“Voyageurs” mean travelers, something which Steve Riley and the Mamou Playboys has done on many levels over the course of 14 albums and 27 years in existence. Accordingly, several songs embrace a traveling theme, whether it’s departing for Texas, a Mardi Gras run, or searching for a lost love. The rock-ish original “Au Revoir Grand Mamou” is novel since it’s about leaving Riley’s hometown of Mamou, not going there, as often heard in other songs.
Newest member/fiddler Kevin Wimmer brings a Creole influence with rockin’ renditions of “Bernadette” and “Madame Faillelle,” both of which jam into the beyond. And thereupon is one such Mamou Playboys trademark, locking in something that’s culturally core and expanding upon it with crafty innovation. On the Riley-Wimmer-Kelli Jones-Savoy’s co-written “Plus creux,” the rhythm section of bassist Brazos Huval and drummer Kevin Dugas churn out a great offsetting, funky rhythm. Credit guitarist Sam Broussard for innovation as well: unique, unobtrusive killer riffs that add tone and texture to the arrangement on hand.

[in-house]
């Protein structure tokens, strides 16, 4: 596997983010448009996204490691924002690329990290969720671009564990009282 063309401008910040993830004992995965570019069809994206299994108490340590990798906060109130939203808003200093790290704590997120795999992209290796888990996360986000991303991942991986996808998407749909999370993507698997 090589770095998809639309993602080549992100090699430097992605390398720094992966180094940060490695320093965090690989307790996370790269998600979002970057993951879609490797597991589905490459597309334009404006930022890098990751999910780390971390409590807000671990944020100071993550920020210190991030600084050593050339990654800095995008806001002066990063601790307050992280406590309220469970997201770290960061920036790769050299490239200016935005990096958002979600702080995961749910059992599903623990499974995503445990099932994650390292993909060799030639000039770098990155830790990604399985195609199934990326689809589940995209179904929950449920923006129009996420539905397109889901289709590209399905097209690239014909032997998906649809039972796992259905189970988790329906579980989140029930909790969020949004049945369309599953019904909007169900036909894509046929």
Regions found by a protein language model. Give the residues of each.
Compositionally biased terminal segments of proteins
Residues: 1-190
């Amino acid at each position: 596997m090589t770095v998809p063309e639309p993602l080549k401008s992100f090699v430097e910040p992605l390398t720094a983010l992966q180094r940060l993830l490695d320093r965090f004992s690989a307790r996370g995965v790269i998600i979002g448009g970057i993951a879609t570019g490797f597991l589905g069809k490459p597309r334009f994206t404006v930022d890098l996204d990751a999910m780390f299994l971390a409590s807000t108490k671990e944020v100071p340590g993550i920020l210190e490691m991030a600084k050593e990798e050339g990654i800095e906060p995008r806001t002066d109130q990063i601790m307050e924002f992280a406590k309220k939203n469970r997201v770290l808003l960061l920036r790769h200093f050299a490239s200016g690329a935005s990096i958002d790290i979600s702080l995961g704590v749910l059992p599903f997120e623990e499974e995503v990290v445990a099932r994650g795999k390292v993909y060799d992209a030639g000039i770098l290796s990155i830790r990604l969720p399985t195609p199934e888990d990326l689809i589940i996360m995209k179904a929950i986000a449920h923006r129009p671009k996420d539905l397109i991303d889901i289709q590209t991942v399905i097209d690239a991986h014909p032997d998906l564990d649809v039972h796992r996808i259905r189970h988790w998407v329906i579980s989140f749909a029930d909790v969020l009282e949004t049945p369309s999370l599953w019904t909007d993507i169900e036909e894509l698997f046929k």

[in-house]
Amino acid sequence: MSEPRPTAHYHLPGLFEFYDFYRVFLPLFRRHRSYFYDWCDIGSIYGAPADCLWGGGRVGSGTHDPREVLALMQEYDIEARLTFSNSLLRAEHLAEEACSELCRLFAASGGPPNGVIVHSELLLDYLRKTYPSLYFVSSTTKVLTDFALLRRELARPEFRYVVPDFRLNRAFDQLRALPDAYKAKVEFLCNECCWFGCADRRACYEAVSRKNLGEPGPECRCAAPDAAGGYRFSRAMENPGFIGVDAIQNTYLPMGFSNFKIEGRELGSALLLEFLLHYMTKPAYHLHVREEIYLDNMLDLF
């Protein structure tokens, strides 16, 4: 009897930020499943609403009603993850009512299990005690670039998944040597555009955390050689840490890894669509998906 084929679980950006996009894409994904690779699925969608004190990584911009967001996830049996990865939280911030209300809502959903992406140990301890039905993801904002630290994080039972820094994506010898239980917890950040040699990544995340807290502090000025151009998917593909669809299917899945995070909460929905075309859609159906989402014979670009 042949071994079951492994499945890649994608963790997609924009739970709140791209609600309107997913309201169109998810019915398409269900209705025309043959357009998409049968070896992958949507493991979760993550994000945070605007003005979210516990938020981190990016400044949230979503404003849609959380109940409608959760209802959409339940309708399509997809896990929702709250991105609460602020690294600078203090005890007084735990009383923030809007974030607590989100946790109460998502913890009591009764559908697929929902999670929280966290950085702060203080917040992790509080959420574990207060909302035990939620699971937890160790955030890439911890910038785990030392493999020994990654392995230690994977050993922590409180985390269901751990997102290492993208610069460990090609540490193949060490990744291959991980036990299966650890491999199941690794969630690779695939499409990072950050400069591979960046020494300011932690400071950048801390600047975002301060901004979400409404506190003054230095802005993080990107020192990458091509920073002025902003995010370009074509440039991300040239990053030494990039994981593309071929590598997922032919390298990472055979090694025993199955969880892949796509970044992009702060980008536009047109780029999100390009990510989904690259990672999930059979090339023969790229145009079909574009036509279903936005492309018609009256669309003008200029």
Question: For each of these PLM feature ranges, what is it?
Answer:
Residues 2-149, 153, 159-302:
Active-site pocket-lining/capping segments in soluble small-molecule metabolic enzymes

Voyageurs’ biggest triumph comes with Wimmer’s two knuckle-bustin’ instrumentals that exceeded Riley’s accordion’s technical limits since all the sharps and flats couldn’t be played. To rectify that, Riley obtained a custom-made chromatic accordion from France where every note could be played. “Malcolm’s Reel” finds Wimmer and Riley playing an intricate melody at warp speed while “Bottle It Up” is a throttling cruise through the country.
As much as there’s innovation, there’s also a salute to tradition with the Dennis McGee fiddle tunes and “La Danse de Mardi Gras.” Yet, the latter is also innovative. The cloppy horse hoof sound effects from Nathan Abshire’s legendary recording are ingeniously sampled and slowed down a bit for the intro and outro.
Analysis aside, most listeners will simply marvel at how well the Mamou Playboys play together, and the resultant grooves and aesthetics created. It’s a deep listen with highlights too numerous to mention. “Brasse donc, le couche-couche,” another highlight, is a beautiful, sentimental waltz where Riley’s vocals soar over a swelling chorus and leaves the listener with frissons (goose bumps), the ultimate Cajun music high.